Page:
Episode 122

Sahil Lavingia ·  The Minimalist Entrepreneur

“I think it's actually incredibly important to get to a point where you're bored of what you're doing. Because then you'll force yourself to have more and more interesting, weird ideas. That's how you break out of your patterns.”

Sahil Lavingia is the Founder and CEO of Gumroad and author of The Minimalist Entrepreneur.


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Sahil Lavingia

Intro: (00:00:00) Hey guys, welcome to Asian Hustle Network Podcast, my name is Bryan and my name is Maggie. We interview Asian entrepreneurs around the world to amplify their voices and empower Asians to pursue their dreams and goals. We believe that each person has a message and a unique story from their entrepreneurial journey that they can share with all of us.

Maggie: (00:00:23) Welcome to the Asian Hustle Network podcast. Today, we have a very special guest with us, his name is Sahil Lavingia. Sahil is the founder and CEO of Gumroad and the author of the Minimalist Entrepreneur. Sahil welcome to the show!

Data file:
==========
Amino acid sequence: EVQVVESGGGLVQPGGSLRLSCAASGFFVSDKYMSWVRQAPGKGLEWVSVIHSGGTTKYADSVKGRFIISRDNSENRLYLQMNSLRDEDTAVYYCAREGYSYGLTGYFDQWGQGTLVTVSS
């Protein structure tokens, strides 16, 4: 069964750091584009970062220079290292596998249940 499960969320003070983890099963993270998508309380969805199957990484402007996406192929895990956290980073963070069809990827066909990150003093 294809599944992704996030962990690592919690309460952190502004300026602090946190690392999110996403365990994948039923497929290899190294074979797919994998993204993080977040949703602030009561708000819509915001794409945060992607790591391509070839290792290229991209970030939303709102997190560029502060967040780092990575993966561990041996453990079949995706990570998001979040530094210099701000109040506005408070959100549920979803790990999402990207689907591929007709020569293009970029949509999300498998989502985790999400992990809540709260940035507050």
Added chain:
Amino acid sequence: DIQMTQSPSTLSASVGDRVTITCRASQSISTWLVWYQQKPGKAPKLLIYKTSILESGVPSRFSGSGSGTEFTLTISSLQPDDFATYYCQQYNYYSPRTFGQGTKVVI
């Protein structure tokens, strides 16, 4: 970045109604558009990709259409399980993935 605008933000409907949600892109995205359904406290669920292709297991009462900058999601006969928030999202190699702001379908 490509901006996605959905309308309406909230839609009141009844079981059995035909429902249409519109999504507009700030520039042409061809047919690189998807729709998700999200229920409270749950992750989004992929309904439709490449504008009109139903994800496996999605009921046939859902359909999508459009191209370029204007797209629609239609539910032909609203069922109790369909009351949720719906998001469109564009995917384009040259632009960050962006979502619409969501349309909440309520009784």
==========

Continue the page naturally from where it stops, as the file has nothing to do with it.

Sahil: (00:00:43) Thanks for having me.

Bryan: (00:00:44) I like the intro, it appeals to your new book! For you guys are just listening to the podcast and can’t see the sign behind it, it says the Minimalist Entrepreneur. Please tell us about your upbringing, your childhood, and how that shaped you to become the person that you are today.

Sahil: (00:01:04) I was born in New York, to parents who immigrated from India and pursued the American dream as one does. But I mostly grew up in Singapore. Our family left the United States and moved to Singapore and that’s kind of where I started getting into the kind of like technology at a pretty early age.

I learned about Photoshop and that was kinda my first kind of like the gateway drug into sort online content creation, where I was pretty blown away that this piece of software could like basically creates images that didn’t exist in reality.

It was crazy to me and so I started getting into all these like online tutorials and just like started making stuff for myself and pretty quickly, I don’t know, word gets around people would need websites and you it’s like, hey, Sahil knows how to design websites and Photoshop you should talk to him.